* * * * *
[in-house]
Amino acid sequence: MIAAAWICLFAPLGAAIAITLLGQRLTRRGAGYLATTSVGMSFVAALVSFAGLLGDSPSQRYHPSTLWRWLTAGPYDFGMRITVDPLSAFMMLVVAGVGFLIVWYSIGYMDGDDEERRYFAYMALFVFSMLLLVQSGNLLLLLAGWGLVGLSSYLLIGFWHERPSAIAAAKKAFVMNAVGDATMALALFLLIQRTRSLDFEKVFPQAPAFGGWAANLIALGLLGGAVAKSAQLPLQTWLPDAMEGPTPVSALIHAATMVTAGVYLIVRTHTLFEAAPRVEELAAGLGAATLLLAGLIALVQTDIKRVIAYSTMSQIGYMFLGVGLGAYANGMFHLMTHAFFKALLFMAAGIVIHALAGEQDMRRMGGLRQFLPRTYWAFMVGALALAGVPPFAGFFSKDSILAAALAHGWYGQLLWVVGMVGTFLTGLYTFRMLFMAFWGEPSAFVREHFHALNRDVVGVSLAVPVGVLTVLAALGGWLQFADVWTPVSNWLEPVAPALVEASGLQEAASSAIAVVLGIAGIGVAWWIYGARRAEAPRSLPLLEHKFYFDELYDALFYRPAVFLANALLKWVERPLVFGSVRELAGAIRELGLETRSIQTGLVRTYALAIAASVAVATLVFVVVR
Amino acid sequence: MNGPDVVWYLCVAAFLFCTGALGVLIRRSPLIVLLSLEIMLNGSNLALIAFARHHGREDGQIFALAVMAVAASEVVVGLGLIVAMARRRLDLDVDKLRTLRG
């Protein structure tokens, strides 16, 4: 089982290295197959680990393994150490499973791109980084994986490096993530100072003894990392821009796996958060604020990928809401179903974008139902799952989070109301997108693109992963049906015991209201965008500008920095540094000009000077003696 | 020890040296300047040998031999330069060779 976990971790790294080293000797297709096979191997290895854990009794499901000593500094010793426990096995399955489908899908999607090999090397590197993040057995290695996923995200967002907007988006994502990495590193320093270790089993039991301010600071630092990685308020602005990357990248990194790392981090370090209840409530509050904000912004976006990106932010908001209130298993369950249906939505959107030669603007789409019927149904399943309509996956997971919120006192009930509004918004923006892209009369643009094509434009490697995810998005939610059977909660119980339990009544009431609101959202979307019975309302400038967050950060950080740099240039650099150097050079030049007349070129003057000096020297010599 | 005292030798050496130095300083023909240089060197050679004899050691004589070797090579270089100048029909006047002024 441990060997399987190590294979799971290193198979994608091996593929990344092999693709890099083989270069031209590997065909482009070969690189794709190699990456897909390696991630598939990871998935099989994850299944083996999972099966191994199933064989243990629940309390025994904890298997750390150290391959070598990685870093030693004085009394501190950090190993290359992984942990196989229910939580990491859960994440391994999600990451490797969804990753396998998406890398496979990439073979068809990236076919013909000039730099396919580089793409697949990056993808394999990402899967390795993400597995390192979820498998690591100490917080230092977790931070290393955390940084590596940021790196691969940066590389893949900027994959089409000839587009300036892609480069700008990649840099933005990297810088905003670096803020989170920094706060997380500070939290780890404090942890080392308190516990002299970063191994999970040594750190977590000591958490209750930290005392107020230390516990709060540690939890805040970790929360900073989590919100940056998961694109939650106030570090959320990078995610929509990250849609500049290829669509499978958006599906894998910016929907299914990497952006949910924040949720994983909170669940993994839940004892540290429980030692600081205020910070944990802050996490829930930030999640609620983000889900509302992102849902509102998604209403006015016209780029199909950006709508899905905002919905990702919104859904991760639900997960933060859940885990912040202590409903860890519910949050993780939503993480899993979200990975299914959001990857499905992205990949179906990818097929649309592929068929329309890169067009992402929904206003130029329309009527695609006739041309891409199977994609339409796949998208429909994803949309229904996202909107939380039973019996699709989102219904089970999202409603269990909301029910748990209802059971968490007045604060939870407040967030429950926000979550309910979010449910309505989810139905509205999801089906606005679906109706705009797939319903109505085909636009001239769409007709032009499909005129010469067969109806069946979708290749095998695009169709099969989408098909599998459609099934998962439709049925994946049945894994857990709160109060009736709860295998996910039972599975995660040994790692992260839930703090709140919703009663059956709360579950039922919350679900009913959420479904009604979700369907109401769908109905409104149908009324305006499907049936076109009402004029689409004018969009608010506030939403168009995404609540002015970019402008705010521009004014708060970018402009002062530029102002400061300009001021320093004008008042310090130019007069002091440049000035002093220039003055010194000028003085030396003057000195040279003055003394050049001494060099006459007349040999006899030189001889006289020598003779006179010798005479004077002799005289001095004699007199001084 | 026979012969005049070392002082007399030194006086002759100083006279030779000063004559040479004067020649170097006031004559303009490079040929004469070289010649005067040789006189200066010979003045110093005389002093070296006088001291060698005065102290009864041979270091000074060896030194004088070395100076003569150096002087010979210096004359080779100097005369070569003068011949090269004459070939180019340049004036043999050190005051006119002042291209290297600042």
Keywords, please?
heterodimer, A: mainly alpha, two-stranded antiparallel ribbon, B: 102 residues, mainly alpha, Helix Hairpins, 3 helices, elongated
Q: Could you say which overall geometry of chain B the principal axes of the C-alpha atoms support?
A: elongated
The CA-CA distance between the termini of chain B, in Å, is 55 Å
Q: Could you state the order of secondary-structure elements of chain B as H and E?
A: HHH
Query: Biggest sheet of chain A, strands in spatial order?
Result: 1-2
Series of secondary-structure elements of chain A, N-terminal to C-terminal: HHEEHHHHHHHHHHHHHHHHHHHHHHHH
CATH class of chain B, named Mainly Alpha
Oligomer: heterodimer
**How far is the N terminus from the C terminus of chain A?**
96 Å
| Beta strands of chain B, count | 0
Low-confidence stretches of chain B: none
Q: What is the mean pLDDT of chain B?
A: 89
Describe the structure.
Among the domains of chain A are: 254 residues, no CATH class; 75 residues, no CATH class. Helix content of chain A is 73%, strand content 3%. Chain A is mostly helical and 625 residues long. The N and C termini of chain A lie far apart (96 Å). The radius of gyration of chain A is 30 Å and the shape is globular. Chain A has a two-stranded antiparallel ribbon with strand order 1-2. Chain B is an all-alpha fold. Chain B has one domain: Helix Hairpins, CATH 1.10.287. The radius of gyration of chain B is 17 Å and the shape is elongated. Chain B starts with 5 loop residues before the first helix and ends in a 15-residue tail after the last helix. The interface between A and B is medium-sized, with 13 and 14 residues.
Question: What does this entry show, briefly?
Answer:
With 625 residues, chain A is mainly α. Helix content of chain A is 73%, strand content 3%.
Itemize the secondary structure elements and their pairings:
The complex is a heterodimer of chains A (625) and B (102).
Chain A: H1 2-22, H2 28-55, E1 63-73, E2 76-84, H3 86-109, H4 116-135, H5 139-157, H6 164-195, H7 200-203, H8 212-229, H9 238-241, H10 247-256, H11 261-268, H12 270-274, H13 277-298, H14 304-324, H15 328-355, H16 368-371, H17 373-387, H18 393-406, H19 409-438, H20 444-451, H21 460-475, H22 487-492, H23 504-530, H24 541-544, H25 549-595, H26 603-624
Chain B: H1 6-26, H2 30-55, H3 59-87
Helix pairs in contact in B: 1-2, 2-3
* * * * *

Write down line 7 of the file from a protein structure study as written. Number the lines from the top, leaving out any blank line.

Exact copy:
Q: Could you say which overall geometry of chain B the principal axes of the C-alpha atoms support?